CONCLUSÃO:

As diferenças nos escores do SF-36 entre grupos etários, sexo e países confirmam que as normas brasileiras são necessárias para propósitos comparativos. Os dados serão úteis para avaliar o status de saúde da população em geral e dos pacientes, e o efeito das intervenções na qualidade de vida relacionada à saúde.

Palavras-Chave: Qualidade de vida; SF-36; Dados normativos; Inquérito; População geral; Amostra aleatória estratificada

Introduction

The standardized Short Form Health Survey 36 (SF-36) is an important tool for the assessment of quality of life1, and the comprehensiveness of its use in population surveys and in studies that analyze public policies and health status of patients2 - 6 can be verified by the references available in bibliographic data bases7 and the increasing number of validation studies in different countries and cultural contexts8. The purpose of this instrument is to detect clinical and socially relevant differences in the health status both of the general population and of people affected by a condition, as well as health-related changes throughout time9, by means of a reduced number of statistically efficient dimensions10.

The SF-36 is constituted of 36 questions, one that measures the transition from the health status in a period of one year and is not employed in the calculation of scales, and the others that are groups in eight scales or domains. Higher scores indicate better health status. The time to fulfill the questionnaire, from 5 to 10 minutes, and the versatility of its application by self-filling, telephone or personal interviews with people aged more than 14 years old, with reliability and validation levels that exceed the minimum recommended standards make this instrument an attractive tool to be combined with other population surveys.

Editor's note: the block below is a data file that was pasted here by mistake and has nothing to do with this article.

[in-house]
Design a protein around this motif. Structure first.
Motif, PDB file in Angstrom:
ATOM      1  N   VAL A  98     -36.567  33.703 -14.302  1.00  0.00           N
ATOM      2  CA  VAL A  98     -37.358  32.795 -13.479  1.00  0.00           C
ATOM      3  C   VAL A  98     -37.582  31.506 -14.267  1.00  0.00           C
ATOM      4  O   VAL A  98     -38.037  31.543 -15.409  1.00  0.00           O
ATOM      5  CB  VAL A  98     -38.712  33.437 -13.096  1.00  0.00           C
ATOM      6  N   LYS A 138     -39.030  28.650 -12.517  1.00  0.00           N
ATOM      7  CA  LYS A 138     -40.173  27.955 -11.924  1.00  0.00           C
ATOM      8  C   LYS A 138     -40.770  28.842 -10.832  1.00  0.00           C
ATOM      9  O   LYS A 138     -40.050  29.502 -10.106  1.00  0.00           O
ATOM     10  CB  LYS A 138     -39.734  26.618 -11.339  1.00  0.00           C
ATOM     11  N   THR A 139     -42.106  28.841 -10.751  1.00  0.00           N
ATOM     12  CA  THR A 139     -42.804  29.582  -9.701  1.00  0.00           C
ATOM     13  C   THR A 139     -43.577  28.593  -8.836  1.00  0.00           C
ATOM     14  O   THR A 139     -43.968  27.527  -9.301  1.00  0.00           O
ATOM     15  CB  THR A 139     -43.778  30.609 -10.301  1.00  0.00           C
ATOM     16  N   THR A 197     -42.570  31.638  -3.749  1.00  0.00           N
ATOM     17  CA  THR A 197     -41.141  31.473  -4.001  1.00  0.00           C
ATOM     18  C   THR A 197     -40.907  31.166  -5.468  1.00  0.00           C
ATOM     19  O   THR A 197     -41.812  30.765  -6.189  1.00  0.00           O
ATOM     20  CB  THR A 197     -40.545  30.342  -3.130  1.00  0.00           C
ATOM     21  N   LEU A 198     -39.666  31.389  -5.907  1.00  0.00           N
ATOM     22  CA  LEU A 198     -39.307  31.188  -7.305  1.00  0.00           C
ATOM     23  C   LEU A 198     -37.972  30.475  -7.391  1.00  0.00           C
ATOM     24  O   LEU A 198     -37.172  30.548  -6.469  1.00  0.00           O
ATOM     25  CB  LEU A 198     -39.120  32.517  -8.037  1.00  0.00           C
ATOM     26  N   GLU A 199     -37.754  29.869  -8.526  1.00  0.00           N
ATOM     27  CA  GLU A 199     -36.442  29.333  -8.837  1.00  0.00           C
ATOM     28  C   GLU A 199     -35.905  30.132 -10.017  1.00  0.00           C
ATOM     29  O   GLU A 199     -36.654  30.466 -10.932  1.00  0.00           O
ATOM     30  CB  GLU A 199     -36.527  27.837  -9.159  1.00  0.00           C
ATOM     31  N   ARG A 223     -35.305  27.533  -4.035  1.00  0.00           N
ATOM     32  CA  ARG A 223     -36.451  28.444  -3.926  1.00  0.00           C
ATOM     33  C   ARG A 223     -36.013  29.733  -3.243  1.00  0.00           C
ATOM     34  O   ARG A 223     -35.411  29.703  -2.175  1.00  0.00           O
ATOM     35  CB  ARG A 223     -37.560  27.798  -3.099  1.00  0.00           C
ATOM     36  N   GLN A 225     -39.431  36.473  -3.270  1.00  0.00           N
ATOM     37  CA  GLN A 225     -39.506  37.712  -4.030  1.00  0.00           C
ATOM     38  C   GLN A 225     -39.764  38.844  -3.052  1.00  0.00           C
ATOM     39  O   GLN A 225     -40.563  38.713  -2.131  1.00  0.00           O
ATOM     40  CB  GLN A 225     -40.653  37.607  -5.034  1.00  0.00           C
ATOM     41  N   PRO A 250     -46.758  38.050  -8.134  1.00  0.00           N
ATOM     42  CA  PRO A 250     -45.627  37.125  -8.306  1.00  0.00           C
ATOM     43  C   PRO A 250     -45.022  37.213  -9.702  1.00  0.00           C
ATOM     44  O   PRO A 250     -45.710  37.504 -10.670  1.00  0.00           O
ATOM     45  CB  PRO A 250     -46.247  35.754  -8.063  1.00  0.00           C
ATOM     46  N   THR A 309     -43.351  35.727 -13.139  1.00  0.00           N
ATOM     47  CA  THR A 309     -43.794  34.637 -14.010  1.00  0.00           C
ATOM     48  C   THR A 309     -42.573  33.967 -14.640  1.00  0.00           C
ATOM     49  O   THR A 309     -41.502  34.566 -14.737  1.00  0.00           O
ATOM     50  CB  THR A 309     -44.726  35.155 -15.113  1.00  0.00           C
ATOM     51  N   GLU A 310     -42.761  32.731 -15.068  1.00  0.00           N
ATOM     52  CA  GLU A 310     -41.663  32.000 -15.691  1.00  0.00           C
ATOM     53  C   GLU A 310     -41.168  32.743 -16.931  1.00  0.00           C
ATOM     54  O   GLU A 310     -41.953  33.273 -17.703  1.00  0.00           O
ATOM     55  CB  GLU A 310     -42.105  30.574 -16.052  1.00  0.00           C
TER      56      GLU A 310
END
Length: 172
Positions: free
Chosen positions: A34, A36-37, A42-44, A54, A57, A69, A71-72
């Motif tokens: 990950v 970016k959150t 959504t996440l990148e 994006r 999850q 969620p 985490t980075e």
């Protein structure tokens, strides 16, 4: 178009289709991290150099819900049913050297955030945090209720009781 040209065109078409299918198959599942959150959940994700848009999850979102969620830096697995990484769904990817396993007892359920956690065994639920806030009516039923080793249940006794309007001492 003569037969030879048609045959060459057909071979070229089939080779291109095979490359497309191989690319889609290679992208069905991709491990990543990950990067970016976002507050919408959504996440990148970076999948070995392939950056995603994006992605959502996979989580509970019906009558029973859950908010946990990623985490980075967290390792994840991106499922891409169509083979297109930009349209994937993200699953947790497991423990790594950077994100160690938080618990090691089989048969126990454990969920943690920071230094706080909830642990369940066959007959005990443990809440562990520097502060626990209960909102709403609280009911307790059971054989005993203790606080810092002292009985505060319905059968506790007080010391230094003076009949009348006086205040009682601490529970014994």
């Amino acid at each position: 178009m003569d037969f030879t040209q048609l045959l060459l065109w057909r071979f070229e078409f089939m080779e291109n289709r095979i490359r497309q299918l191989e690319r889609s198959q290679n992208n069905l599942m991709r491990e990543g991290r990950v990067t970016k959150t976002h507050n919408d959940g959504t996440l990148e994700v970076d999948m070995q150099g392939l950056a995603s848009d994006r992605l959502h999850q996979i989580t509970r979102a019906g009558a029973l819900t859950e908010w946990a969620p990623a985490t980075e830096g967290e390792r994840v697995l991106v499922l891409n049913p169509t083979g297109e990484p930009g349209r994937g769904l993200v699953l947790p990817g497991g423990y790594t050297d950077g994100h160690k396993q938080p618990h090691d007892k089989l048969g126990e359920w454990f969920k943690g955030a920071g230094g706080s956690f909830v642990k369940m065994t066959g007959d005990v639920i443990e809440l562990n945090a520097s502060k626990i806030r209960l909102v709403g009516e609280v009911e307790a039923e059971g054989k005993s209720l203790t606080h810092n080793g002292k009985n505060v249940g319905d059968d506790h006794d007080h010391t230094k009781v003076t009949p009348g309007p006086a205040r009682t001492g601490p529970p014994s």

In Brazil, the SF-36 was used in studies about quality of life of patients with terminal chronic renal insufficiency in outpatient hemodialysis11, arterial hypertension12, submitted to hip fracture repair surgery13, living with HIV/AIDS14, and in a household survey of people living in the state of São Paulo15.

These studies shows that scores for the SF-36 domains obtained in adult populations presented high reliability and good criterion validity when compared to other instruments that assess the quality of life. The analysis of SF-36 data coming from a probabilistic sample of Brazilian households showed that the obtained scales meet the minimum psychometric standards required for quality of data, grading conjectures, reliability and validity of the instrument, and that these reproduce the physical and mental hypothetical dimensions. The relationship standards between factors and scales are predictive of their associations with external factors of physical and mental health16. Besides, this analysis enabled the estimation of national scores to determine if a group or individual is above or below the average for their country, age or gender.